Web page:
Straying animals can cause problems for owners and neighbouring landowners. The Animals Act 1971 imposes obligations on the ‘keeper’ of animals and gives rights to landowners in respect of straying animals. For domestic and farm animals the owner will be liable for damage caused and will have to compensate the landowner if he knew, or ought to have known, that the animal was likely to be dangerous and cause damage.
However, no liability will arise if:
1. The damage is wholly or partly the fault of the person suffering it
2. Livestock are lawfully on the highway but stray onto adjoining land
3. The damage would not have occurred if the landowner had complied with his duty to fence.
The keeper must take reasonable care to ensure damage is not caused by animals straying onto a highway. Adequate fencing in place would suggest that reasonable care has been taken. An exception to this is where an animal has strayed from unfenced common land or where fencing is not customary and the owner has a right to place animals on that land. A criminal offence is committed under the Highways Act 1980 where livestock is found straying onto, or at the side of, the highway.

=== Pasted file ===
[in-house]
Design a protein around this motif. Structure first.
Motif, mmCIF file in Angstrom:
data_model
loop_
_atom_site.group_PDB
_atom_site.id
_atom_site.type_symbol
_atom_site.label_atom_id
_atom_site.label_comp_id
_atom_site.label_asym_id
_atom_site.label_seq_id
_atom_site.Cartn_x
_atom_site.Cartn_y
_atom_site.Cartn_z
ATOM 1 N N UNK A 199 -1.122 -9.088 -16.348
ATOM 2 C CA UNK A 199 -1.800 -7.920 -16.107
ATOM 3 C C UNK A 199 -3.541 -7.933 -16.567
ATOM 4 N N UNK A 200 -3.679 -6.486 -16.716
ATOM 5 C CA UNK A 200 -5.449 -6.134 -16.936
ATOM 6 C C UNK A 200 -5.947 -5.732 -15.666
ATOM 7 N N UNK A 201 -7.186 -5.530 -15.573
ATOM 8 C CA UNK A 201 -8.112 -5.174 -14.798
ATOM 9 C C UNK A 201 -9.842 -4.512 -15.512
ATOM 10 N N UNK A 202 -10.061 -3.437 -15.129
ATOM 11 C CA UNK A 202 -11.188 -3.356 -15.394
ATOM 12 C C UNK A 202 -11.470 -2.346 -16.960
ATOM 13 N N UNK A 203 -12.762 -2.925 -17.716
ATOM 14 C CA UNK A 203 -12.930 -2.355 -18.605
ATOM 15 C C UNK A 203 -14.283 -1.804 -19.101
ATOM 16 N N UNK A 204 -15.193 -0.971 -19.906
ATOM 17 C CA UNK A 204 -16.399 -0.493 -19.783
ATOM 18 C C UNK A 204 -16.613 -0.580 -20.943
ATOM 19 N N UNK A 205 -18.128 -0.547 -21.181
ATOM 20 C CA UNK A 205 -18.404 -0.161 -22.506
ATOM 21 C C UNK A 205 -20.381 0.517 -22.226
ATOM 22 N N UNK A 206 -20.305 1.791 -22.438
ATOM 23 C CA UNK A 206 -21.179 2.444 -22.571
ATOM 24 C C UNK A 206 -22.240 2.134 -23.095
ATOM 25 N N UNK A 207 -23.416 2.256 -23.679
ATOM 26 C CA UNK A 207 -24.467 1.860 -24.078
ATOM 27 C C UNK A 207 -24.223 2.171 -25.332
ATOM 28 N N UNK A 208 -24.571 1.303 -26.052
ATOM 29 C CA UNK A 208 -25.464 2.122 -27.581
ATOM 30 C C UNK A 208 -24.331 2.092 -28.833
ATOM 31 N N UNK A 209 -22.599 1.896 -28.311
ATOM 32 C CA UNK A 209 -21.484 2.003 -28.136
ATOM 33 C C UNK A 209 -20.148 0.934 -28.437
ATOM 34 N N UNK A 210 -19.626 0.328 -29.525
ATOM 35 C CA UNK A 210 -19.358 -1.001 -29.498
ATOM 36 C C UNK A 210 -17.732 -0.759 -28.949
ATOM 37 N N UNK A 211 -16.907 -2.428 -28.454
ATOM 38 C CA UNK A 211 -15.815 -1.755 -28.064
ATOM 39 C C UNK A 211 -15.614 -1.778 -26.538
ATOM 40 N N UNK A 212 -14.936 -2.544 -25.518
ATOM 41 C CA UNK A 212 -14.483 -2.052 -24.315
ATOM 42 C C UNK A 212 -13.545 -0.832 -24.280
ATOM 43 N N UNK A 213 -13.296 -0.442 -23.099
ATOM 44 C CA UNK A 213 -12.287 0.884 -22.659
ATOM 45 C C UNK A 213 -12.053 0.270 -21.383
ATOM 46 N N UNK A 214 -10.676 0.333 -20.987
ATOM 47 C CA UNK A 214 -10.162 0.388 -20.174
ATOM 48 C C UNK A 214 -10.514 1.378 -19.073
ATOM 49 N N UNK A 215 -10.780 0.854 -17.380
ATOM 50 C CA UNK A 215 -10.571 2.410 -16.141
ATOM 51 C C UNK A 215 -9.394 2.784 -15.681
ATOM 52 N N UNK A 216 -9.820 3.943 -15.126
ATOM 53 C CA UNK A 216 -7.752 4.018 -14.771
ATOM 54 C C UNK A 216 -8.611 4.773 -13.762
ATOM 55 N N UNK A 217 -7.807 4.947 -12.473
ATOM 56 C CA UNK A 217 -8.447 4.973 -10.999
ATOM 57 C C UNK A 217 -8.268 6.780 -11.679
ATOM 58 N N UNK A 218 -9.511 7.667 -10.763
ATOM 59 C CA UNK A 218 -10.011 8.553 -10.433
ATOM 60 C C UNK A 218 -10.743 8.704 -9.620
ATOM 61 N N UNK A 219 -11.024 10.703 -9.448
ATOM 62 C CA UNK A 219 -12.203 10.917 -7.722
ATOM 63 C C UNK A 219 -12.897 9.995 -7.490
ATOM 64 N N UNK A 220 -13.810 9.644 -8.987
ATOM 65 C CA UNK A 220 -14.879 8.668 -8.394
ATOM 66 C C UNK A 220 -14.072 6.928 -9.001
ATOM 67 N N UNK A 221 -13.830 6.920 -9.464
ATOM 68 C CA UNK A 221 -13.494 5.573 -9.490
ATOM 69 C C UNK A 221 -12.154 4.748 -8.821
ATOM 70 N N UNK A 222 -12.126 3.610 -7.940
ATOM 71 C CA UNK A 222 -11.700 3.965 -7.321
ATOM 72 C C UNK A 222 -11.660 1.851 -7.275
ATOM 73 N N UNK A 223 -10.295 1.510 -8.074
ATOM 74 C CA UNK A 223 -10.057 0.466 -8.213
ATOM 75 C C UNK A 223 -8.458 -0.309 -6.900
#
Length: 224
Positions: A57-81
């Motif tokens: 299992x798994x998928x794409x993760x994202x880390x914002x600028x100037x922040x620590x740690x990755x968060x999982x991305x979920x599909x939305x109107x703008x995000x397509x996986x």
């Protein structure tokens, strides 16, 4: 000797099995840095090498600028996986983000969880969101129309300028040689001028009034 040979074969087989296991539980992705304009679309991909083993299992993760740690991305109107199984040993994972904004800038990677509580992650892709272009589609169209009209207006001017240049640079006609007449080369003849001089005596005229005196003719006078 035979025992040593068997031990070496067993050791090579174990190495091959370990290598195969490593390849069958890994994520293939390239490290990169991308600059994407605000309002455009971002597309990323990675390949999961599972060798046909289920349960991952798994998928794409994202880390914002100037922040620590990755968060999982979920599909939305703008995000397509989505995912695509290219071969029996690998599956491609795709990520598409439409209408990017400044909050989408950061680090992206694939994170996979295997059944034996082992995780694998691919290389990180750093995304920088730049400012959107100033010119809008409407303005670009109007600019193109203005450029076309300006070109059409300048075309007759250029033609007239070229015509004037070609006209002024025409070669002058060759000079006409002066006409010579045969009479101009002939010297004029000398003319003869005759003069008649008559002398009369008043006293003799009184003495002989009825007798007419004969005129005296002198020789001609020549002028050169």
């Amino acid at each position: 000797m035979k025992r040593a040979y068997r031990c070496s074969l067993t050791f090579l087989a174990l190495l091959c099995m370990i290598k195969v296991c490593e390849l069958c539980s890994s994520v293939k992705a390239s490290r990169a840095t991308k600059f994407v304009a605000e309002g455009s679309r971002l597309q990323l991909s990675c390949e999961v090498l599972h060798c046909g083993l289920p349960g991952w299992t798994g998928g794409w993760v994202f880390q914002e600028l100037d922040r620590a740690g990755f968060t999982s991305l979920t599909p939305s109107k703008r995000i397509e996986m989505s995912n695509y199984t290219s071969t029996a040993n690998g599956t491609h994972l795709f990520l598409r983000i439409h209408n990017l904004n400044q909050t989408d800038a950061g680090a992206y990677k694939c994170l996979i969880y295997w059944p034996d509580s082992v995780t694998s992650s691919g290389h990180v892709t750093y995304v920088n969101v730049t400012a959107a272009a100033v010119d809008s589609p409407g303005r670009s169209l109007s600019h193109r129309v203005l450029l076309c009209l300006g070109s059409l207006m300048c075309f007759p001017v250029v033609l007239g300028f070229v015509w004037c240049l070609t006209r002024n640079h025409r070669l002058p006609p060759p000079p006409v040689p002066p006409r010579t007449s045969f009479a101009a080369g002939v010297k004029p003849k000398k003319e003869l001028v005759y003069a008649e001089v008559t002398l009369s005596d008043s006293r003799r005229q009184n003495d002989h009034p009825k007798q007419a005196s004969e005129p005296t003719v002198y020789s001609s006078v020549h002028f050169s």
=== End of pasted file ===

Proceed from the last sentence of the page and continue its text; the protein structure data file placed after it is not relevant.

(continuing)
The landowner has the right to detain any trespassing livestock provided that he gives notice to the police and the owner (if known) within 48 hours. The landowner may sell the livestock if the owner does not pay for damage caused within 14 days.
The Control of Horses Act 2015 introduces a new procedure for the detention or disposal of horses. Horses can now be disposed of 96 hours after detention (if the owner does not reclaim the horse or pay the damages due), rather than 14 days. Disposal can include humane destruction, sale or disposal in another way, such as giving the horse to charity. This aims to tackle the growing problem of fly-grazing horses.
Therefore to avoid liability, or risk livestock being detained or sold, adequate fencing ought to be maintained to prevent animals straying.
For more information please contact Robert McLellan on 01223 447430 or click here to email Robert. For more information on our Litigation services please visit our Dispute Resolution & Litigation page. This article also appeared in the August edition of the NFU British Farmer and Grower magazine.